Conversations about careful clothing

Slow Exposure
Germany (Berlin)

Bold quotes, high end looks, and a top made out of radicchio. This is what the face of slow fashion can look like.


When Eliza Edwards first entered the world of fashion, she became part of the high speed trends worn by, as she describes them, ‘shiny characters’ on ‘glossy pages’. Exposed to the reality of what fast fashion means for the environment and for workers, she came to see the need for alternatives.

She became interested in the brands and designers that are doing things differently – and decided to set up a journalistic platform that would spotlight and celebrate them. In 2019, she launched Slow Exposure as an Instagram account and website, then later introduced a podcast in partnership with Vestiaire Collective.

Rocking raddichio – amongst other sustainable things (@theslowexposure)

The platform showcases slow fashion brands, designers and other thinkers, focusing on the lesser known – while always maintaining focus on the beauty and self-expression of fashion.

“I really care about people who are creating responsible clothing,” Eliza says. “I think it’s brave and not a task to be taken lightly. I had discovered so many brands working in the sustainable sphere that just weren’t being written about in the mainstream media. In 2019 there were articles about Stella McCartney, but not about the swathes of responsible brands that were coming into Instagram. I wanted to give those people and ideas a space.”

Through Slow Exposures articles and on the podcast, we meet marine biologists, vintage store owners, journalists, and activists – as well as designers that use deadstock denim, make t shirts carefully grown and sewn to last, and have pioneered luxury upcycling.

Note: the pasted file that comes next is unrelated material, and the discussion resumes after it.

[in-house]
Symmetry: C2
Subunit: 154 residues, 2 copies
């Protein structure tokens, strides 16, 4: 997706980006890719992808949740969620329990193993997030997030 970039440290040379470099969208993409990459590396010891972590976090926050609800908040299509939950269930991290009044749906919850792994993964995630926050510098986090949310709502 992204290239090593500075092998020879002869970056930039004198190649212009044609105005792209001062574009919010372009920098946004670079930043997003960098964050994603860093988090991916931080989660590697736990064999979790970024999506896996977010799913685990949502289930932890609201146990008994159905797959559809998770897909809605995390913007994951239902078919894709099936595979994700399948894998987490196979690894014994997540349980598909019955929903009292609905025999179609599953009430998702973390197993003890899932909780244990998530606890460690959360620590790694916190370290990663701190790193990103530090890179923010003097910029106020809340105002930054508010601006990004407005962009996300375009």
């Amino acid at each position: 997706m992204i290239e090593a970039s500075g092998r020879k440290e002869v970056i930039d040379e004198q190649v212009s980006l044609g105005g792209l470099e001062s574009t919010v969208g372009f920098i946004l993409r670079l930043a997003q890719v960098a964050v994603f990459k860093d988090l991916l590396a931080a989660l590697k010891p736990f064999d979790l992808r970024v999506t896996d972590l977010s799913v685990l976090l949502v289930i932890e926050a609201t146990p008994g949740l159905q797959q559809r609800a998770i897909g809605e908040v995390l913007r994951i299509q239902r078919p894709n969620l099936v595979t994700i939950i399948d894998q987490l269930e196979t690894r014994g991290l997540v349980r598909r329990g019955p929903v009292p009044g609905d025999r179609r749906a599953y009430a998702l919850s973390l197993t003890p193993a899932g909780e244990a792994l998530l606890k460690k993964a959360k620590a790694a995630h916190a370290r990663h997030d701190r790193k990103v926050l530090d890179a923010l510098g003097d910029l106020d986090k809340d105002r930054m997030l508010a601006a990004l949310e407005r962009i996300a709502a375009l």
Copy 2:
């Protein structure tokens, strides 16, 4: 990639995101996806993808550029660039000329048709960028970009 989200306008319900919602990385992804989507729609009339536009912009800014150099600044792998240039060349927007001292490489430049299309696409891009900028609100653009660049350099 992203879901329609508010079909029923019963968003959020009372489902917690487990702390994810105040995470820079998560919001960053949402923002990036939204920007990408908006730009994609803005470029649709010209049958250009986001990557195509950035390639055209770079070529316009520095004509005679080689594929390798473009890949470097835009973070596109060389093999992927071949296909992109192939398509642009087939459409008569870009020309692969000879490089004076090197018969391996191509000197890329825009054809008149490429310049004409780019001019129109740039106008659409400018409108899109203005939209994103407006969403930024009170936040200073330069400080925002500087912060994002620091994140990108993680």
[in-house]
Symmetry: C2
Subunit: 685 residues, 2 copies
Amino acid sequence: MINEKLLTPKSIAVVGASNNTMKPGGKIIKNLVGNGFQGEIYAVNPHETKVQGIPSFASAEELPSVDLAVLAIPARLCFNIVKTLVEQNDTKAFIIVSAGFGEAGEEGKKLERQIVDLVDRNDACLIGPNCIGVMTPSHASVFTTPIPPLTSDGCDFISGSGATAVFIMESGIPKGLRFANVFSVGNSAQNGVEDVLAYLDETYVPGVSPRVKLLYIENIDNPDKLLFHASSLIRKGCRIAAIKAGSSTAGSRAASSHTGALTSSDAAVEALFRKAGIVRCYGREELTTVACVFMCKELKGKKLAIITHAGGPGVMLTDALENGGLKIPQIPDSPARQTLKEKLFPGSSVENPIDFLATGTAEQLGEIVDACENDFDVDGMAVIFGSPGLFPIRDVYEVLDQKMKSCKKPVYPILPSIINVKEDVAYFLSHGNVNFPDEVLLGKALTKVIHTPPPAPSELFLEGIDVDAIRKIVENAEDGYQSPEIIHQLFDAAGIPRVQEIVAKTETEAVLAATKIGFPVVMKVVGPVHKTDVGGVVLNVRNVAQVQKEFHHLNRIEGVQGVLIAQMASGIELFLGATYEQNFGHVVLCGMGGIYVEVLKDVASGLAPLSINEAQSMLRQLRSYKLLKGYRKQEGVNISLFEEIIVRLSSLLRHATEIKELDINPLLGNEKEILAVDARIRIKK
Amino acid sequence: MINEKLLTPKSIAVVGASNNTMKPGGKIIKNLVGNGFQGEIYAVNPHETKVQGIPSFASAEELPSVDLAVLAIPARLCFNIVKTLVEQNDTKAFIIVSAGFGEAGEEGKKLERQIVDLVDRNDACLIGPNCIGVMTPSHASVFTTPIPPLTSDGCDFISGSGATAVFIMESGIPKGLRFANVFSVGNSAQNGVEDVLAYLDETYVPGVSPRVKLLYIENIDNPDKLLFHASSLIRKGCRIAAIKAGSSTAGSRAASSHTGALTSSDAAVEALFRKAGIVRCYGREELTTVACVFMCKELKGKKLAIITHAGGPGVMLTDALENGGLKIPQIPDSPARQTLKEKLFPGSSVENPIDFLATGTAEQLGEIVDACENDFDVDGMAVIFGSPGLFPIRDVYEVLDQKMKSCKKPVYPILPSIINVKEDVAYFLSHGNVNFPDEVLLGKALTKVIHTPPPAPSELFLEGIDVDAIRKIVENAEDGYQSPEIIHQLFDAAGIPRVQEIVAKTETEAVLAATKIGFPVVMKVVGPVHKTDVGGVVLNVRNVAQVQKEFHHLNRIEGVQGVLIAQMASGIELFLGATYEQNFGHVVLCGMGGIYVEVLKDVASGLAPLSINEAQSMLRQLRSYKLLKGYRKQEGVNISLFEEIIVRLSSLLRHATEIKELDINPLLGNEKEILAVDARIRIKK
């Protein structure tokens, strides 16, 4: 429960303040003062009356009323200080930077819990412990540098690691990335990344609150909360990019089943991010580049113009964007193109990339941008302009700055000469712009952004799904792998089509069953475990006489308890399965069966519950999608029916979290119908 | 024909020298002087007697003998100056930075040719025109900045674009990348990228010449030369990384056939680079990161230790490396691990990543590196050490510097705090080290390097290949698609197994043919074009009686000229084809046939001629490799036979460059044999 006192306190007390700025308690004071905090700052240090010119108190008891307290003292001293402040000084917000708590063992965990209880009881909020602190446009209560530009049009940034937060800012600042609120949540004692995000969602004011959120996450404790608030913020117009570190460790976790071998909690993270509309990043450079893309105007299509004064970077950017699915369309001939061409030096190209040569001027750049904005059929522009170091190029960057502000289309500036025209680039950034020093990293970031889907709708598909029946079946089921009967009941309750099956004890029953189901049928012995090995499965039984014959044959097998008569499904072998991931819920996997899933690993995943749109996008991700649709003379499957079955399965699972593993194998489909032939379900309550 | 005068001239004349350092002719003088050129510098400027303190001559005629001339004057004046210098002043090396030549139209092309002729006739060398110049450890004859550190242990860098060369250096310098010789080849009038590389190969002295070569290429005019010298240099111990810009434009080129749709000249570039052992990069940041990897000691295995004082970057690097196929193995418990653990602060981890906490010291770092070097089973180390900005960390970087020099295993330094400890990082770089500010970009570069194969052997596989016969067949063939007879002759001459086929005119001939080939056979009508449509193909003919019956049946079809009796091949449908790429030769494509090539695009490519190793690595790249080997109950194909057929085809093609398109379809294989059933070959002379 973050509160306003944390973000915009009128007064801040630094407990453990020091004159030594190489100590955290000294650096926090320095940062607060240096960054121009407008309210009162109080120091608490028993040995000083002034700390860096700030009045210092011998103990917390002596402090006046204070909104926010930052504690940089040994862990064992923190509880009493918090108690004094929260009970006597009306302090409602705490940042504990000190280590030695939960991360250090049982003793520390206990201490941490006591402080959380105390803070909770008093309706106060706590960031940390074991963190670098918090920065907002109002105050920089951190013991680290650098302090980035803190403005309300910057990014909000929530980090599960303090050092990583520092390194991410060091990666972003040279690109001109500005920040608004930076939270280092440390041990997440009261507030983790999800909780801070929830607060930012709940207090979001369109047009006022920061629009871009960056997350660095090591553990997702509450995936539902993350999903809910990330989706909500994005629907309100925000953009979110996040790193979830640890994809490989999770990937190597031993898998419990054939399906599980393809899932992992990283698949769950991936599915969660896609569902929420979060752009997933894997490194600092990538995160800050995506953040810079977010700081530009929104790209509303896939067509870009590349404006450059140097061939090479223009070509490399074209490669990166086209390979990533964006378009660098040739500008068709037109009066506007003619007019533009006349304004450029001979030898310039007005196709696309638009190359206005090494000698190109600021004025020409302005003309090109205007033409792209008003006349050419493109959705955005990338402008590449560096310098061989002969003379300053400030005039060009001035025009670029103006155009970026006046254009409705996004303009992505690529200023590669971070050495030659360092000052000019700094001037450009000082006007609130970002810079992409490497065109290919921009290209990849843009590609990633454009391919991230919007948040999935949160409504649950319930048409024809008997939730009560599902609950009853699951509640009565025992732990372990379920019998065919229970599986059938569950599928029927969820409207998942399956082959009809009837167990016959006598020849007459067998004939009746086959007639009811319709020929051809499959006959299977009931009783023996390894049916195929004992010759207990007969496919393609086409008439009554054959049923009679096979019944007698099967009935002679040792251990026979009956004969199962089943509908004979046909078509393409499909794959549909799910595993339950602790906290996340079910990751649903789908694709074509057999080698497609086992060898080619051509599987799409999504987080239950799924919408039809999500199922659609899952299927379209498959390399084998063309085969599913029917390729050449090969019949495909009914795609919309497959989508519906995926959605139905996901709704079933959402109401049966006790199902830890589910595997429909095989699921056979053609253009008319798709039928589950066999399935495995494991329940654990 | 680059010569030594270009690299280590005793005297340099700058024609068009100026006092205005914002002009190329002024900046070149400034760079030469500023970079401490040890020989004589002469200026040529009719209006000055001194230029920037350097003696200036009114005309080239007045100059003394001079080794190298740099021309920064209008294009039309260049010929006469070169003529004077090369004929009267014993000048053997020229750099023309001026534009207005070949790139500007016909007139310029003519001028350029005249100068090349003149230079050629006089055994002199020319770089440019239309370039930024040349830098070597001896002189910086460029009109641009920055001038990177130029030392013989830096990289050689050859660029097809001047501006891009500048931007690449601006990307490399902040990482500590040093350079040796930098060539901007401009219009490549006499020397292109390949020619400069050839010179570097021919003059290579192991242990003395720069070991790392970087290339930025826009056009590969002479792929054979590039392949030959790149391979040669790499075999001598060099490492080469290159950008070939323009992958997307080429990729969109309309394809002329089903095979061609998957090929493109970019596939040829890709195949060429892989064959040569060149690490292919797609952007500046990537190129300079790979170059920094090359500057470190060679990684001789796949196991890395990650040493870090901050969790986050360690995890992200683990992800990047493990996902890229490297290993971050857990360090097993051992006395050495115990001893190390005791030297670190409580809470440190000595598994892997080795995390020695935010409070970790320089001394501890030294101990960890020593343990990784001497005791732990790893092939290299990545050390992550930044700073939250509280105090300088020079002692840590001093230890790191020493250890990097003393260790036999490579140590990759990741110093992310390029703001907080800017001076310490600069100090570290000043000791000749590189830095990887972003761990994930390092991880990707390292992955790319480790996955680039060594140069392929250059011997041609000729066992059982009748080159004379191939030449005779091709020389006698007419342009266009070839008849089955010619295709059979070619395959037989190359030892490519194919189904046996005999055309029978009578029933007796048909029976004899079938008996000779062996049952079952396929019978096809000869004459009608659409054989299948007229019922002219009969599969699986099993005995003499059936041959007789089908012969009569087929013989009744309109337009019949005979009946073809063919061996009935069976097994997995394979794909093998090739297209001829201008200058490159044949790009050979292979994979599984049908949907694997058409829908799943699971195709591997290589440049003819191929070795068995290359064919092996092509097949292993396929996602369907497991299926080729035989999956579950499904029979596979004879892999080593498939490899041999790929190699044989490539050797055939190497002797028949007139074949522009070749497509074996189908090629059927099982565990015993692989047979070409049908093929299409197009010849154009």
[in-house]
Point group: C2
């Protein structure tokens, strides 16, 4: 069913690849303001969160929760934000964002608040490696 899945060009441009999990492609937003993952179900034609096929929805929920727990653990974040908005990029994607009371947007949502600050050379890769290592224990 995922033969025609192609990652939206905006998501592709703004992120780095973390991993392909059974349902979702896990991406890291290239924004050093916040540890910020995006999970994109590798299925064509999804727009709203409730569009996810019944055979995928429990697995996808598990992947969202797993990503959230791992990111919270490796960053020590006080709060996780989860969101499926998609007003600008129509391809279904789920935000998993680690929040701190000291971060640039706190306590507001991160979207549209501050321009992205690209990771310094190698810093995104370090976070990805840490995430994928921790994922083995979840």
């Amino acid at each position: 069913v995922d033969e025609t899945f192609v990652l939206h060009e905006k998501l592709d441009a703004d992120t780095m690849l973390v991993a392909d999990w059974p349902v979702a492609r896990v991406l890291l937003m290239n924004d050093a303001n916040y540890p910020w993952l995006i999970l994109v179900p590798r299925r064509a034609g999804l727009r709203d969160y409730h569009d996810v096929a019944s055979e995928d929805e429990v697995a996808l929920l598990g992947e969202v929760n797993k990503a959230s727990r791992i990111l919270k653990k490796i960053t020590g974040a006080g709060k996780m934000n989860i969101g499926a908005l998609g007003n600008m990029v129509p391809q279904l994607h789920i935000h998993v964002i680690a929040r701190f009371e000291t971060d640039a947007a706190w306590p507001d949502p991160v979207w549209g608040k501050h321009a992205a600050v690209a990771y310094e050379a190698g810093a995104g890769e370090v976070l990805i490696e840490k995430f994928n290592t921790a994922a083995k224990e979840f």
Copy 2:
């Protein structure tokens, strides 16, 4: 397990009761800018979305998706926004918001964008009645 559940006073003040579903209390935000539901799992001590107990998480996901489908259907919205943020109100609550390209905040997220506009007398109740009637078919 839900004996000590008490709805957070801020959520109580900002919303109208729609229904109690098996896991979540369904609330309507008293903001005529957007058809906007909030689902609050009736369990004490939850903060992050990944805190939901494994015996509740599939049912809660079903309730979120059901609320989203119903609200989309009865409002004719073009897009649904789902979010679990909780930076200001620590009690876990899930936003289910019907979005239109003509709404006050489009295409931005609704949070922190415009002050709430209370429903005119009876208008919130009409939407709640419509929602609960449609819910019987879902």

Dialogue dominates Slow Exposure’s content, opening up space, Eliza says, for “complexity and nuance. Podcasting is my favourite format. I’m obsessed with the rhythm of a conversation, listening to people’s hesitations, hearing their intonation, and therefore emotion, through spoken word.”

Eliza meets Agnes Zelei in her shop Loppis Vintage: ‘unperturbed, slightly shabby, raw and unpretentious’. Image:

She is motivated by her own mission – to “promote thoughtful consumption at no aesthetic compromise” – coupled with a journalist’s determined curiosity. “Ultimately the world has enough ‘stuff’; when interviewing someone, I want to know why they think their ‘stuff’ is good enough to add to the masses. Of course, it’s much more nuanced than that, but the bottom line is that design ends in production.”

“My role in the media is two-fold,” she adds. “Holding people to account, and as a change-making force.”

The podcast’s first series launched in 2020, and its second will land in Spring/Summer 2021. Eliza explains that Slow Exposure will sharpen its focus on issues that are linked to, and ultimately an inherent part of, sustainability: “I’ve been thinking a lot about my position in this community of people working within sustainability. It’s no longer enough for me to just write about sustainable brands but sincerely assess the extent to which colonialism defines the fashion industry. Also, that’s a good one to whip out the next time someone tells me the world of fashion is frivolous.”

AtlasAction: Follow Slow Exposure on Instagram (spot the horny denim and fluorescent knitting) and meet Eliza’s expert guests on the Slow Exposure podcast.

Written by

Becca Warner (17 March 2021)


Nature-geek, urban forager and all-round wordy sort. Freelance writer for organisations that care about the future. Often found reading while walking.

Project leader

Eliza Edwards, Founder


This project has been selected as part of FashionFutures, a new  content channel that maps the work of people transforming the fashion sector: the designers, craftspeople, social innovators, educators, community leaders and communicators. Atlas of the Future is excited to partner with Makerversity, with the support of The J J Charitable Trust and their network of fashion friends.

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Eliza meets Nicole Hana Kim whose eco-conscious jewelry brand is 'a small but mighty force to be reckoned with'. Image:

Eliza talks to designer Kim Trager about the need for longevity in fashion. Image:

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